In this article we will discuss about the modern the theory of rent.
The modern economists have generalised the term ‘rent’. In truth, there exists rent in the earning of the every factor of production and it is identified with surplus income.
Transfer Earnings and Economic Rent:
The amount that a factor must earn in its present use to prevent it from transferring to another use is called its transfer earnings: any excess that it earns over this amount is called its economic rent. The distinct is crucial in predicting what changes in earnings will cause factors of production to enter or leave a particular employment.
The concept of economic rent, a surplus over transfer earnings, is analogous to the notion of economic profit as a surplus over opportunity cost.
The definition of rent has been extended in two directions by Joan Robinson and Vilfredo Pareto.
According to Robinson:
“The essence of the concept of rent is one of surplus earned by a part of a factor of production over and above the minimum earning necessary to induce it to do work.” A slightly different definition is associated with the name of Pareto. “Economic rent is the excess payment to a factor in its present occupation.”
So, in short, rent is the excess earning to a factor over and above its true supply price.
For Ricardo and other classical economists, both the definitions are useless. Ricardo assumed that supply of land is fixed for the economy as a whole. Therefore, even when price falls to zero, supply remains unchanged.
Let us measure demand for and supply of land on the horizontal axis and price of land (rent) on the vertical axis (Fig. 6). The downward sloping demand curve intersects the vertical supply curve at the point B and the whole earning OABS represents economic rent in the Ricardian sense.
But, according to modern economists, land has multiple uses and accordingly, its supply for a particular use is not perfectly inelastic. The minimum amount that has to be paid to a factor in order to retain its supply price or opportunity cost. If a higher price is offered for apple growing, more land will come forth from other uses and vice versa for a decrease in offer-price.
Suppose, an acre of land has two alternative uses, wheat and potato production. Then for its employment into wheat production the owner of the plot must be offered Rs.400 which is the basic minimum. Ibis amount then becomes the transfer price of the plot. If now the actual pay turn out to be Rs.500, then the economic rent will be Rs.100.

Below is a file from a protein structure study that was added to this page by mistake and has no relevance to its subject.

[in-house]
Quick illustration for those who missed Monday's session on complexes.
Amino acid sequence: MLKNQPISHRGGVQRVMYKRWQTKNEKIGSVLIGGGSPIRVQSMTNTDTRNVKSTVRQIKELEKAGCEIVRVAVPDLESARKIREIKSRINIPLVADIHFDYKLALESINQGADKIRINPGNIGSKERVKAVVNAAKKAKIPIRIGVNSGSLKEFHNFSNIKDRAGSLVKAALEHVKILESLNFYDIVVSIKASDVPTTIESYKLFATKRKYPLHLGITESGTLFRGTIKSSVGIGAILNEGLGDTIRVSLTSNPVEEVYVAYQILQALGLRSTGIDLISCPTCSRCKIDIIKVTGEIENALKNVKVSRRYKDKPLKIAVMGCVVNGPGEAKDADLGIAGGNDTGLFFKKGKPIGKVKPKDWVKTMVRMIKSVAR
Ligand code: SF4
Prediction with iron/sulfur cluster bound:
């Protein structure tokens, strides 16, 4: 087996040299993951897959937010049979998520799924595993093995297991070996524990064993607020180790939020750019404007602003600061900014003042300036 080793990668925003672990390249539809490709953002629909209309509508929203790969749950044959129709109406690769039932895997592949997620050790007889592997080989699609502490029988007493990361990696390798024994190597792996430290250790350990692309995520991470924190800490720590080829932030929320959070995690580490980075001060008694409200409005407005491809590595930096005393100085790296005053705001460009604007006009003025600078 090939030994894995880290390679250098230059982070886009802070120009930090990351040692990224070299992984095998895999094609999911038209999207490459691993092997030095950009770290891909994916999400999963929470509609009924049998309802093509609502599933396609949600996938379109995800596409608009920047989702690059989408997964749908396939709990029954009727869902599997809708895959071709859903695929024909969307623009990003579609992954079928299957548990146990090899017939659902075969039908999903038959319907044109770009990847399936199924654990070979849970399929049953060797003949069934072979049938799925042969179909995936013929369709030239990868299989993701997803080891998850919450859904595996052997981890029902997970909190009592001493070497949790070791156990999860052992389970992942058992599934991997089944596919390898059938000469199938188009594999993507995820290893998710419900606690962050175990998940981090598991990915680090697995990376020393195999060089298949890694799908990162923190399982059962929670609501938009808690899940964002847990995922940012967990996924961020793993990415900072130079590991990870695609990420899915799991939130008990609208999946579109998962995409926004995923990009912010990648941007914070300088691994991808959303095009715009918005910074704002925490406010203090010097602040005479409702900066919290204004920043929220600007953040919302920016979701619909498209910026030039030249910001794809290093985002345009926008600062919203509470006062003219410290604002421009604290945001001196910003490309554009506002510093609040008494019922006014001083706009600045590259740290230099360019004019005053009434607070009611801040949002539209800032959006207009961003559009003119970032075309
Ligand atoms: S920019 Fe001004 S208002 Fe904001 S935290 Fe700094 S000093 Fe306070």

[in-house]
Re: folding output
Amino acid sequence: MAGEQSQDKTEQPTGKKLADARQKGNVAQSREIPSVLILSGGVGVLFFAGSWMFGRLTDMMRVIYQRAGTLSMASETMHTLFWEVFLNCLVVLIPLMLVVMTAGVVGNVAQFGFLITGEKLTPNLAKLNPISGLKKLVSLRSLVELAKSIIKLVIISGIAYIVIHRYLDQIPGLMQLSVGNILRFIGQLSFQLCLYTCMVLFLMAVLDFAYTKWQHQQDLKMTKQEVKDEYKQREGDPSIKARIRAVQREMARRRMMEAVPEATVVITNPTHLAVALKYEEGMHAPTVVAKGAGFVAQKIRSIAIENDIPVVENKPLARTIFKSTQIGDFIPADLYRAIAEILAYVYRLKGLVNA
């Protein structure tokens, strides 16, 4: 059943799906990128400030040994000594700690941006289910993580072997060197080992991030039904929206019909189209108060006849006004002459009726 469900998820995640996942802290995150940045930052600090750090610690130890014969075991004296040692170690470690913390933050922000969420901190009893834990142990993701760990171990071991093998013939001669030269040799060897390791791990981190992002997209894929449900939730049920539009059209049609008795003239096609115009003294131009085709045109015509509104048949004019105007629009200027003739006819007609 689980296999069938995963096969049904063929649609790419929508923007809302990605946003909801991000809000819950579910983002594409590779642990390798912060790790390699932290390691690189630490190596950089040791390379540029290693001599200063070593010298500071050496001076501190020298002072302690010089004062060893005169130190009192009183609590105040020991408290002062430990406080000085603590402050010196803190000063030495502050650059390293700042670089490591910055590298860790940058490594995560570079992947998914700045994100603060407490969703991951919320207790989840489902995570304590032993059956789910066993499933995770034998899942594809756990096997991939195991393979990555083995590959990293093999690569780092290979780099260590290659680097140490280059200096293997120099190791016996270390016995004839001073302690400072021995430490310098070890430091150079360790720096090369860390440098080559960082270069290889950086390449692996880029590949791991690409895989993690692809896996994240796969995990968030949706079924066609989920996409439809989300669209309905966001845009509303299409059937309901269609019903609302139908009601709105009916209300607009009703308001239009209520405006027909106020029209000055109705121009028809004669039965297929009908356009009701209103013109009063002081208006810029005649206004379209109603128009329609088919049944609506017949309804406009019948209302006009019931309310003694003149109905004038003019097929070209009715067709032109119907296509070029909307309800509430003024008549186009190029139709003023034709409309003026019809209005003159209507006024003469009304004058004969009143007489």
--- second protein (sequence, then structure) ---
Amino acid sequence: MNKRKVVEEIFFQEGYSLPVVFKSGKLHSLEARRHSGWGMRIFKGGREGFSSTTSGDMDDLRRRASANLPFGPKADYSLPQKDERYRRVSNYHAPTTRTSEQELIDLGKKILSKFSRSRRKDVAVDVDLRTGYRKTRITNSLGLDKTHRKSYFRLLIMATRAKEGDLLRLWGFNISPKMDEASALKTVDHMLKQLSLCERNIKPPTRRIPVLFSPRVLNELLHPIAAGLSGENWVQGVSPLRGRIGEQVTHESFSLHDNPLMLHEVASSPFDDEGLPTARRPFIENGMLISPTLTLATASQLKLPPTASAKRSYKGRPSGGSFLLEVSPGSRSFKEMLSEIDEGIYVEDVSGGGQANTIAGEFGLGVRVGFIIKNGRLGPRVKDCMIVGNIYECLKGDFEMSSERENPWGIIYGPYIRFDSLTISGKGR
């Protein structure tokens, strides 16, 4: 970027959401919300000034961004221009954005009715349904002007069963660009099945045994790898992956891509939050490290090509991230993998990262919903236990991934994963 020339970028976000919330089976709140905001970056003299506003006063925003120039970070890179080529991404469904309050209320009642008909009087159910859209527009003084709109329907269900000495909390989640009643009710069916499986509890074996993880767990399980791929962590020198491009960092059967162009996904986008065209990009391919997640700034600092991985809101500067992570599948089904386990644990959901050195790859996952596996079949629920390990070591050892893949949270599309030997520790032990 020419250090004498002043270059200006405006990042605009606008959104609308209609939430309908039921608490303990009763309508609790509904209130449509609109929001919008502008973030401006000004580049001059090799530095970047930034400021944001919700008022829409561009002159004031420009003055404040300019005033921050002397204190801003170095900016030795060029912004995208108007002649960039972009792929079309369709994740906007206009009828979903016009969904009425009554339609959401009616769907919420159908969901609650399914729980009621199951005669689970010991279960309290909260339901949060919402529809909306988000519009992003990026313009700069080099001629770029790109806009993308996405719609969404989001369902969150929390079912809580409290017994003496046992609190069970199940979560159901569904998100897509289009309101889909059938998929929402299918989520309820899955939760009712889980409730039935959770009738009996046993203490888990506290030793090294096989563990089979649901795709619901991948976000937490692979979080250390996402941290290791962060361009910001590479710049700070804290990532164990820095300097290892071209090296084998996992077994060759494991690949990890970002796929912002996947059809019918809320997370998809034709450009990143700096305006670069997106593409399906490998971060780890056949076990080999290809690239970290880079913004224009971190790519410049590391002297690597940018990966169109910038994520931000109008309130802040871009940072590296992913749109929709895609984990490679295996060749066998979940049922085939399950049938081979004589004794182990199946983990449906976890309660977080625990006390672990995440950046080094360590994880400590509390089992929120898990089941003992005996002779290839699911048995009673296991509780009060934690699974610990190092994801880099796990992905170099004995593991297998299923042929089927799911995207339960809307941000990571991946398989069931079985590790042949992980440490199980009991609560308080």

Let us again measure demand for and supply of land along the vertical axis. The supply curve is upward sloping quite simply for the reason cited above. The equilibrium point is B and the equilibrium price is BC leading to a total earning of OABC (Fig. 6).
Since different units of land are equally fertile, they must be given the same remuneration. Again, the minimum supply price of a particular unit of factor of production is given by the distance BC Thus, while the area OCBS is total amount of transfer earning the area ABS is the amount of economic rent.
Suppose now the supply curve of land is perfectly elastic, i.e., a straight line parallel to the horizontal axis (Fig. 7). The equilibrium point is M and thus the total earning is OSMN with price OS per unit. However, since the minimum supply price is also OS per unit, no economic rent results in this situation.
Again, the various alternative uses which are open to the factor-owner tends to vary directly with time. If we define the short run as a period within which a unit of a productive service cannot move from one use to another, then its supply price to its present use will be zero and the whole current earning will be economic rent.
In the long run, however, units of a productive service may move from one use to another and thus only a part of actual earning becomes economic rent. Hence, the notion of planning horizon is highly connected with the determination of economic rent.